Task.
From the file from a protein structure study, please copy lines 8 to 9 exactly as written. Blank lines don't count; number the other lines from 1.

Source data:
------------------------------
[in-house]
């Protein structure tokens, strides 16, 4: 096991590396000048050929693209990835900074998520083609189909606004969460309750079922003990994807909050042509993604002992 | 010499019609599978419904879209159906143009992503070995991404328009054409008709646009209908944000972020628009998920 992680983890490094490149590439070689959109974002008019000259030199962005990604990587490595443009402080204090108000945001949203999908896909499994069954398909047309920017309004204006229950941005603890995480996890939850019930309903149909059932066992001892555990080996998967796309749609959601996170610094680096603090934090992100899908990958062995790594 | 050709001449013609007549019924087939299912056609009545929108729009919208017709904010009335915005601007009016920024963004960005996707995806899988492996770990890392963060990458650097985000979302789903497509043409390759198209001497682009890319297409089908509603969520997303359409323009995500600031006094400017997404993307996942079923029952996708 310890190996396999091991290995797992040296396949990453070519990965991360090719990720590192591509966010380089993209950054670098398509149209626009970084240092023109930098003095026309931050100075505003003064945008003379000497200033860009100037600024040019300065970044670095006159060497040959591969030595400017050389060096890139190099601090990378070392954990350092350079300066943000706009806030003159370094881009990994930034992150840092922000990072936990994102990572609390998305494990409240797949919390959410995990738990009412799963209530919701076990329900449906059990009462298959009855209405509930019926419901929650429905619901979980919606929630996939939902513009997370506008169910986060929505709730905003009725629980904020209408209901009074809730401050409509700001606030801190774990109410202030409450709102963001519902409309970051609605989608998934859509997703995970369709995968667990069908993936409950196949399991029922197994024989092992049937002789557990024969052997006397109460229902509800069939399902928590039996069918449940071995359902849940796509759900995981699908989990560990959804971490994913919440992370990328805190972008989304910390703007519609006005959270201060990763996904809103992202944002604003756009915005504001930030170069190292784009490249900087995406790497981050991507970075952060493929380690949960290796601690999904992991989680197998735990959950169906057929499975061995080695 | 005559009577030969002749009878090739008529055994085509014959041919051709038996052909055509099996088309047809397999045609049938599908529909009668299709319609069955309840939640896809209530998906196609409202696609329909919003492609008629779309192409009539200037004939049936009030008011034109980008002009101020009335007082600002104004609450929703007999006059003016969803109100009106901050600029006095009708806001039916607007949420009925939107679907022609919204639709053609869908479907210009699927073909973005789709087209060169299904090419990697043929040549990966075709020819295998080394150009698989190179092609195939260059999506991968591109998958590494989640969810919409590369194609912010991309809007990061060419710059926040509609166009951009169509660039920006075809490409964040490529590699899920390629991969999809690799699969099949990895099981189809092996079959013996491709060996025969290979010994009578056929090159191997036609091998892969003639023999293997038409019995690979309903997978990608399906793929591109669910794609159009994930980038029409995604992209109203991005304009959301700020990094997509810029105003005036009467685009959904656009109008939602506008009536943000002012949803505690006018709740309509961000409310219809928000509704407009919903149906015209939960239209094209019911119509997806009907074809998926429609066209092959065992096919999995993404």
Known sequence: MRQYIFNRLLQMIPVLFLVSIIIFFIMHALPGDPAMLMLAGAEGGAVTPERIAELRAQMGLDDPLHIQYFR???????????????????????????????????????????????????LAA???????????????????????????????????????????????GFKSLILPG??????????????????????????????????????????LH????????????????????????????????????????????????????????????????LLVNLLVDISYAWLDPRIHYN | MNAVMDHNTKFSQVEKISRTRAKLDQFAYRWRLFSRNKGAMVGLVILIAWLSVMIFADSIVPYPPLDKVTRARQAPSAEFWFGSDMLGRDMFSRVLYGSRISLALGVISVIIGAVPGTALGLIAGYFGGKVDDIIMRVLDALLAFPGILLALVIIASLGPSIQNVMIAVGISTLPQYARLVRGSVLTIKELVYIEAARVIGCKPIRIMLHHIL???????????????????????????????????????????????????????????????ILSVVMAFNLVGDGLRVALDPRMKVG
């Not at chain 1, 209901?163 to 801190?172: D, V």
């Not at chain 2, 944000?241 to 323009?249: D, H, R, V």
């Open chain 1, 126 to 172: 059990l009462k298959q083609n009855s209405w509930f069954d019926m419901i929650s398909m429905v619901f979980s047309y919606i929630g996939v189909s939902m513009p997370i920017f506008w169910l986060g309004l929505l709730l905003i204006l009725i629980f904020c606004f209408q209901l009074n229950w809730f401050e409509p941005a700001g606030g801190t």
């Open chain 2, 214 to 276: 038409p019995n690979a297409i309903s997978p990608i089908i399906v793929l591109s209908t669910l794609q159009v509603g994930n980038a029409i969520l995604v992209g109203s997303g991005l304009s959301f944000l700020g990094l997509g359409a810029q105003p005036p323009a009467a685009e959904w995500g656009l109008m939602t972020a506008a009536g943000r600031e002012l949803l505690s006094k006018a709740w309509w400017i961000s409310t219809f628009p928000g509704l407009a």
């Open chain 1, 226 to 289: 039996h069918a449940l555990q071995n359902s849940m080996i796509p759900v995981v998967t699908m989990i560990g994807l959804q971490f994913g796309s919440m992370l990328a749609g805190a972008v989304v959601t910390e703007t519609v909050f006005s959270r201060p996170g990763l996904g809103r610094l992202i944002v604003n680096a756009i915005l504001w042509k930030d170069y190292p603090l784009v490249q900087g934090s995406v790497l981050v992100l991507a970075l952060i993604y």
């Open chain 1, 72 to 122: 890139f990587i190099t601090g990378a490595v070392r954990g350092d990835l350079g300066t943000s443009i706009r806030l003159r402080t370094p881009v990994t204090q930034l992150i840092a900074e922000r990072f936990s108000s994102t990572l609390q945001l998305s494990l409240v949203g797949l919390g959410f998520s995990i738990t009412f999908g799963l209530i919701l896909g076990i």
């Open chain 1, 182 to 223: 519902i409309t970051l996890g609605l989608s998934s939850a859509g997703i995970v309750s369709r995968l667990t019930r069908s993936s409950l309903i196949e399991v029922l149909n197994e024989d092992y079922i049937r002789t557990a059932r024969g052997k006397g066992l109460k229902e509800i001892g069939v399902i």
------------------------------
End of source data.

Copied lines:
């Open chain 1, 226 to 289: 039996h069918a449940l555990q071995n359902s849940m080996i796509p759900v995981v998967t699908m989990i560990g994807l959804q971490f994913g796309s919440m992370l990328a749609g805190a972008v989304v959601t910390e703007t519609v909050f006005s959270r201060p996170g990763l996904g809103r610094l992202i944002v604003n680096a756009i915005l504001w042509k930030d170069y190292p603090l784009v490249q900087g934090s995406v790497l981050v992100l991507a970075l952060i993604y």
């Open chain 1, 72 to 122: 890139f990587i190099t601090g990378a490595v070392r954990g350092d990835l350079g300066t943000s443009i706009r806030l003159r402080t370094p881009v990994t204090q930034l992150i840092a900074e922000r990072f936990s108000s994102t990572l609390q945001l998305s494990l409240v949203g797949l919390g959410f998520s995990i738990t009412f999908g799963l209530i919701l896909g076990i």